2 x Purple Hearts
Combat Infantryman's Badge
Master Parachutist Badge (with 3 Gold Stars for combat jumps)
Ranger Tab

Herbert J. Lloyd: American Samurai & Greatest Warrior of the 20th Century

He has so many awards and decorations that when he wore his Army Dress uniform, his Combat Infantryman's Badge very nearly rested on top of his left shoulder.

In 1986, while still on active duty, then-Colonel Herbert J. Lloyd was inducted into the OCS Hall of Fame at Fort Benning, Georgia. OCS graduates will understand what an extraordinary honor that is -- especially considering who the other inductees are and that most are inducted long after they have left active duty.

Herbert J. Lloyd is one of the most extraordinary men I have ever met. Any soldier who has ever served with him can attest to the life-changing influence he has had on them.

In my humble opinion, he is the greatest warrior we've had in modern history.


NOTE: If you would like your comments posted in the comments section below, please send an email to: merrymadmonk@gmail.com

Tuesday, December 21, 2004


(scroll down for Updates)

At least 19 American soldiers are dead. Over 50 wounded.

What happened? ... well, they don't know yet. First, the military thought that it might have been a rocket or mortar attack. Now they have backed off those early reports (by the way, first reports in combat are almost always wrong).

Update from Defense Department Operational Update Briefing, 22 December: Shortly after noon yesterday, anti-Iraqi, anti-coalition forces attacked the dining facility located within the Forward Operating Base Marez in Mosul, killing 22 people, including 13 U.S. military, five U.S. civilian contractors, three Iraqi security force members and one non-U.S. person. An additional 69 people were injured in the attack, including 44 U.S. military, seven U.S. contractors, five Department of Defense civilians, two Iraqi civilians, 10 contractors of other nationalities and one of unknown nationality and occupation.

What happened? Soldiers died needlessly due to negligence.

Someone, somewhere in the chain of command forgot that these soldiers were in a combat zone. Some commander(s) somewhere in the chain of command is negligent.

Terrorists may have been the bombers, but the high death toll is directly attributable to the chain of command.

How can I say this?

Look at the pictures. Just about any soldier or marine can tell you what's wrong with these pictures.

No tactical feeding. They were bunched up in a mess tent where one explosive device can take out most of your unit.

No Kevlar helmets. Instead, they're wearing we're-in-the-rear-with-our-gear softcaps -- except that there are no rear areas in this combat zone.

It makes me sick. It pisses me off. I want the chain of command to answer for this massacre.

Meantime, do not use mess tents to feed troops in a friggin' combat zone. Conduct tactical feeding. Make the troops spread out .. 5-10 meter interval between each soldier. Just like every damn field manual, tactical SOP and common sense tell you.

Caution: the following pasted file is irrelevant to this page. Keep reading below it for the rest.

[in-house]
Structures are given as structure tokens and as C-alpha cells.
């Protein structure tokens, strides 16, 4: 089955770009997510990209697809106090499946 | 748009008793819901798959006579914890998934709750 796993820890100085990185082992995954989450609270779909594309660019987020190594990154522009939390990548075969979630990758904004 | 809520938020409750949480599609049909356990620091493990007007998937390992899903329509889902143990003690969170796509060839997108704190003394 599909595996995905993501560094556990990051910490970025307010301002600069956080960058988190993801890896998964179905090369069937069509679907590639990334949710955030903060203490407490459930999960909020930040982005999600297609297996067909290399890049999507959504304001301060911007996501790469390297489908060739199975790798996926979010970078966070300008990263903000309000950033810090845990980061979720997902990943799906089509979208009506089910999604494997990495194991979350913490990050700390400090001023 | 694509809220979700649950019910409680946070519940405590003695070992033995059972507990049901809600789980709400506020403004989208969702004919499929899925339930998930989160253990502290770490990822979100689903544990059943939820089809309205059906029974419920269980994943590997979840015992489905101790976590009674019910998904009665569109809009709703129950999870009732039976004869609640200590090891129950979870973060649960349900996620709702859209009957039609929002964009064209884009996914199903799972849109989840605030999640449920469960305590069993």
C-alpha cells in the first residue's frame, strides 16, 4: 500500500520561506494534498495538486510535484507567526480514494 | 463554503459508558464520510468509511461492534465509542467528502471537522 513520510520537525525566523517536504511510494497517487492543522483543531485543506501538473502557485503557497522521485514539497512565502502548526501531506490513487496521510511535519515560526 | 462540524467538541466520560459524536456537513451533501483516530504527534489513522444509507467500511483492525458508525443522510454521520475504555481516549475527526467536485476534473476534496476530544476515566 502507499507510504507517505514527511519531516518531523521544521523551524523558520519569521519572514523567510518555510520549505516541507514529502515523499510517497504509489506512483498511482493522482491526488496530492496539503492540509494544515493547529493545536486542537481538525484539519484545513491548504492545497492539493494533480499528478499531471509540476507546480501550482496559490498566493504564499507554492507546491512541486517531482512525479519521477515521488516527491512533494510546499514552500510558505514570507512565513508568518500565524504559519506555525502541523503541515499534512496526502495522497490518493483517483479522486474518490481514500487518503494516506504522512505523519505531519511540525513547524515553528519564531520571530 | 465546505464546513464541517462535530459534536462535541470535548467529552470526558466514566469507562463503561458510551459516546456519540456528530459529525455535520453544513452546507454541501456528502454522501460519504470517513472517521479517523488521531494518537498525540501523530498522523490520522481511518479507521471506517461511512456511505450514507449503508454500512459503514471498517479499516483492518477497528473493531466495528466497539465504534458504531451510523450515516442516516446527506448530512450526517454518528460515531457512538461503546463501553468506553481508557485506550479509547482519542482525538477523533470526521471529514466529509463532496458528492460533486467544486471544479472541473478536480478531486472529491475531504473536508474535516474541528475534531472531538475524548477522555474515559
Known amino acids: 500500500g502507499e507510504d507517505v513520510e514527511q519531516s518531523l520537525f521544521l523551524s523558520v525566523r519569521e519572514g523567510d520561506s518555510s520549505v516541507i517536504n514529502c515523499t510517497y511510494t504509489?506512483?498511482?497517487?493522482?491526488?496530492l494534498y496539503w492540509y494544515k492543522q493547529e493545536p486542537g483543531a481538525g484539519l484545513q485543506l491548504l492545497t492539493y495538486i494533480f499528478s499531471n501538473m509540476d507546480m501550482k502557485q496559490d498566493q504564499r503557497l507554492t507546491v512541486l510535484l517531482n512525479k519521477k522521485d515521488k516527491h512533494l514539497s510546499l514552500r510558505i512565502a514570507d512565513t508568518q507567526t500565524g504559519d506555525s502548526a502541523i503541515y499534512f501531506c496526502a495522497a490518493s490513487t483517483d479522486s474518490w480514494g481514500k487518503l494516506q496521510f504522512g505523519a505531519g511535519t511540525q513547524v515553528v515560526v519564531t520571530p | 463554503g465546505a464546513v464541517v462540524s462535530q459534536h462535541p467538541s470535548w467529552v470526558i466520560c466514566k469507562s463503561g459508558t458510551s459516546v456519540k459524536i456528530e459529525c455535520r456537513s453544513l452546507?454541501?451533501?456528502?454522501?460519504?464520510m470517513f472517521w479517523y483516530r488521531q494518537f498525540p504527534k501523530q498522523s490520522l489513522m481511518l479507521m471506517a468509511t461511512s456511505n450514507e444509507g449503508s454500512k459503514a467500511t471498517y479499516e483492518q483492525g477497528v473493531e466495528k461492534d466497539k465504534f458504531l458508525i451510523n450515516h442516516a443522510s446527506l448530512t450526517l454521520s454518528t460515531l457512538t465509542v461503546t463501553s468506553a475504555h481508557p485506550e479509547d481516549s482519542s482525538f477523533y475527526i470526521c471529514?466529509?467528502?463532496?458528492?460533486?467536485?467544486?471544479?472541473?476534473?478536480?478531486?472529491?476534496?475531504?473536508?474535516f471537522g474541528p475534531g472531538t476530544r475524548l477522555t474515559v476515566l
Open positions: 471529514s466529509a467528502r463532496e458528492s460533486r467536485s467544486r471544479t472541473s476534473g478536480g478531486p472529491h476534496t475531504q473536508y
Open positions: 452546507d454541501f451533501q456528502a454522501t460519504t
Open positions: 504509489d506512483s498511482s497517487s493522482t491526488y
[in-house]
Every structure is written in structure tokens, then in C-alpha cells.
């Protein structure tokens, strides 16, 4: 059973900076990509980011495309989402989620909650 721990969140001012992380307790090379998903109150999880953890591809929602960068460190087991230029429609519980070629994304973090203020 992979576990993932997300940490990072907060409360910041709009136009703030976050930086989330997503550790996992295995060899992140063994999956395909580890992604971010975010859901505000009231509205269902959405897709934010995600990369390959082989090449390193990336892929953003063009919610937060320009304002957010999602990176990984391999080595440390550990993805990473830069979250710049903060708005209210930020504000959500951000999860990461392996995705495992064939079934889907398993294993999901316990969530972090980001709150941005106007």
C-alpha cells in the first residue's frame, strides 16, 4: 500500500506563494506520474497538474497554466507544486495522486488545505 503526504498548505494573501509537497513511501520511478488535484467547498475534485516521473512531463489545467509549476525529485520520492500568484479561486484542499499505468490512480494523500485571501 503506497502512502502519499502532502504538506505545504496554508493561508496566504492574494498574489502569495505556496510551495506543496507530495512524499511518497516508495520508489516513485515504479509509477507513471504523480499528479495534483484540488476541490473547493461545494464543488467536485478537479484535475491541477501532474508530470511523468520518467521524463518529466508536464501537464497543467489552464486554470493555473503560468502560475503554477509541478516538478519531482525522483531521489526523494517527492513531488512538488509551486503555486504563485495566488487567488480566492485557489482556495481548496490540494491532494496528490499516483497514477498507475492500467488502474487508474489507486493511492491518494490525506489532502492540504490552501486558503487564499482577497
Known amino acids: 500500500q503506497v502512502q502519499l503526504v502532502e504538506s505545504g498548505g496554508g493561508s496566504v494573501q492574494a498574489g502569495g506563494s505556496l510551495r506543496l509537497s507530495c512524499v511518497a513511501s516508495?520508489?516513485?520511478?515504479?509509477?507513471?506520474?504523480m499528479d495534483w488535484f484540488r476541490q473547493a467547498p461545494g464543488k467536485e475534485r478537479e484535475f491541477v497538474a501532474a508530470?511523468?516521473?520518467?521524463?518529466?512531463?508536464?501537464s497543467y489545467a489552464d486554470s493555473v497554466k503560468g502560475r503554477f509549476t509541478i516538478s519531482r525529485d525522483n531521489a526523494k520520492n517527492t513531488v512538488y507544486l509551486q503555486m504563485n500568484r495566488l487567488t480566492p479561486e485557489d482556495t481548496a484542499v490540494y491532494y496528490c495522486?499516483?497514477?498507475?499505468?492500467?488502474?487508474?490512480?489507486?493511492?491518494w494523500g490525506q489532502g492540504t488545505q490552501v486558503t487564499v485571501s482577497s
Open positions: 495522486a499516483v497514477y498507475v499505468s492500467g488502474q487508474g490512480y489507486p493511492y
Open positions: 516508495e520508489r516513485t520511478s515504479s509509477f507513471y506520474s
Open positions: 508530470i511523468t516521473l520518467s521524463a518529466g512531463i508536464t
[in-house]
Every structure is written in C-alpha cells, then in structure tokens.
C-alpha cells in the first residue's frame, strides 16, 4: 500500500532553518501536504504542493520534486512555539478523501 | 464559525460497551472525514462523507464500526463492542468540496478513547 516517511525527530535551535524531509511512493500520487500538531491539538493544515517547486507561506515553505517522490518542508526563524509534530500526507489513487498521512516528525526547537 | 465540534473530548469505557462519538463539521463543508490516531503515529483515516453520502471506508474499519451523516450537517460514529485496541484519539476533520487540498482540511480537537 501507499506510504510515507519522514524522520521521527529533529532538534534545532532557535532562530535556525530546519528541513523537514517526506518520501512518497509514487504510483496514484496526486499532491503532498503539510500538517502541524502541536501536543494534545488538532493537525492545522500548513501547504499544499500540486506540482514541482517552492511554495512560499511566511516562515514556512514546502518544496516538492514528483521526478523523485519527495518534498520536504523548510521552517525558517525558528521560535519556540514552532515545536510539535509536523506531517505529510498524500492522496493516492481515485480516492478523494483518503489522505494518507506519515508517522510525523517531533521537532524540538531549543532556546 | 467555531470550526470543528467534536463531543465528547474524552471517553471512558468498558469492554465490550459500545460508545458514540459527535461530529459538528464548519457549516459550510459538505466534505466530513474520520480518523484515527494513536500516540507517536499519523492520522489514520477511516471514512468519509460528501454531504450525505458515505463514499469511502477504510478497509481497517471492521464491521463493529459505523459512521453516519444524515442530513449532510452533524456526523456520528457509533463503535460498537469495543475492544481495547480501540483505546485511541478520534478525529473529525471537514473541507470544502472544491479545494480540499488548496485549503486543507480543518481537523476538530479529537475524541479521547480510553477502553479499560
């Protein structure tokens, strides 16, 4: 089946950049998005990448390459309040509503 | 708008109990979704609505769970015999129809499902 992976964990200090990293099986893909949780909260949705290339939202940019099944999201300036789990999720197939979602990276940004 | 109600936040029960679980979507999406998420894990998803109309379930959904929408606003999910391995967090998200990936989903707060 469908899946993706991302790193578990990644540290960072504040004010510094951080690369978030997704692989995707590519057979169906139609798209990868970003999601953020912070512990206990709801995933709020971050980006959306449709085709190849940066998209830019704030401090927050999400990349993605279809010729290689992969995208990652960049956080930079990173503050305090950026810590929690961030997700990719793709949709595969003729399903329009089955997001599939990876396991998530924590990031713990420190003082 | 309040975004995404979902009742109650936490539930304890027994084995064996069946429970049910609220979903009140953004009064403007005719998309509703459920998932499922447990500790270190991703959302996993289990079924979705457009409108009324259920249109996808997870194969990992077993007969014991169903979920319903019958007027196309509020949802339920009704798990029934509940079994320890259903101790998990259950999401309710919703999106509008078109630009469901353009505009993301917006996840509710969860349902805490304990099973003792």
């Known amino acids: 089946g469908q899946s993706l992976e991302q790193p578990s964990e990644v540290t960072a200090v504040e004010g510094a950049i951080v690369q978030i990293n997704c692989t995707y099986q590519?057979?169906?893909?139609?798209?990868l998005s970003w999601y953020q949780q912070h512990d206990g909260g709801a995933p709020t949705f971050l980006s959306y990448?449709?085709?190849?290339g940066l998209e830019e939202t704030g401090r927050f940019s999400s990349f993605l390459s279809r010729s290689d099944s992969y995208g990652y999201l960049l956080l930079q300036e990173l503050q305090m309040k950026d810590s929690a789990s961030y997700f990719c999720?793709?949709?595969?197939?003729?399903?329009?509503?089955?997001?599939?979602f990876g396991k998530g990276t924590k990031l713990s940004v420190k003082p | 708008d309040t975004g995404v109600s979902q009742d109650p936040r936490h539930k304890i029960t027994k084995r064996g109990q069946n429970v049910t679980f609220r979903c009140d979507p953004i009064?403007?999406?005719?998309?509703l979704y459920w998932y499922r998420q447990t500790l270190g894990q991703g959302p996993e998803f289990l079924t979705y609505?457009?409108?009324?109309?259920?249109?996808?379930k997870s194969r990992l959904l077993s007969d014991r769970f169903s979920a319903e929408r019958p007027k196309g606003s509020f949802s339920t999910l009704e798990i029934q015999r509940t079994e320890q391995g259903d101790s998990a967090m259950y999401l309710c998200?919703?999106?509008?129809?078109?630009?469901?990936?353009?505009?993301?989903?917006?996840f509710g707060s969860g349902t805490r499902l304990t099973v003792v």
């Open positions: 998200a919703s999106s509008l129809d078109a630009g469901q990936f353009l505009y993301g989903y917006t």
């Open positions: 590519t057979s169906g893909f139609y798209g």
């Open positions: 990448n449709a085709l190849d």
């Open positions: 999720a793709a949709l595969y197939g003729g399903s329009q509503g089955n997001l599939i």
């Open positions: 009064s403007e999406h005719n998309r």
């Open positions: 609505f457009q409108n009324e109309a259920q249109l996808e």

If you thought the mess tent was a morale booster, what do you think now?

And get rid of the damn softcaps. Burn 'em. Get your soldiers in their Kevlar helmets ... and with the chinstraps snapped. The helmet is standard headgear in a combat zone -- for a damn good reason. It greatly reduces the chance that flying shrapnel will pierce your skull.

And where is their LBE (load bearing equipment) that contains a couple of things mightily vital in a combat zone -- a first aid kit and ammunition?

No Nuclear-Biological-Chemical protective masks - a standard part of a combat uniform. It is always with you. You sleep with it just as you sleep with your weapon.

At least they had their weapons, but with a situation this screwed up I wouldn't be surprised if they didn't have ammunition for their weapons. Not that it would have helped in this situation, but what if the bombing or whatever was followed by a ground attack?

An old boss of mine, one of the most decorated soldiers in our Army's history, taught us many things about combat. One of the things that Herbert J. Lloyd taught us:

"Laid back commanders have laid out troops."

That's what happened here.

UPDATE #1 (11:00pm CST):

Associated Press:

BAGHDAD, Iraq (AP) - A 122mm rocket slammed into a mess tent Tuesday at a military base near the northern city of Mosul, ripping through the ceiling and spraying shrapnel as U.S. soldiers sat down to lunch. Officials said 22 people were killed in one of the most devastating attacks against Americans in Iraq since the start of the war.

The dead included 20 Americans - 15 of them servicemembers and five civilian contractors. Two Iraqi soldiers also were killed. Sixty-six people were wounded, including 42 U.S. troops, Capt. Brian Lucas, a military spokesman in Baghdad, said early Wednesday.

(emphasis added)

This is the part that is just maddening:

Like most mess halls at U.S. bases in Iraq, the dining area at Base Marez is covered with a tent. Insurgents have fired mortars at the mess hall more than 30 times this year, Redmon said. (Jeremy Redmon, a reporter for the Richmond (Va.) Times-Dispatch embedded with the troops in Mosul)

Mortar attacks on U.S. bases, particularly on the huge white tents that serve as dining halls, have been frequent in Iraq for more than a year. Just last month, for example, a mortar attack on a Mosul base killed two troops with Task Force Olympia, the reinforced brigade responsible for security in much of northern Iraq.

I don't know what to say .. other than this is unacceptable. You don't have to be on the ground in Iraq to know that this is just flatass wrong.

If this part of the report is true -- that we're using mess tents at most U.S. bases in Iraq -- then Generals Abizaid and Casey have some explaining to do.

I'm stunned.

UPDATE #2 (2:15pm CST):

ABC News is reporting that it was a suicide bomber.

Nothing official from CENTCOM or DoD.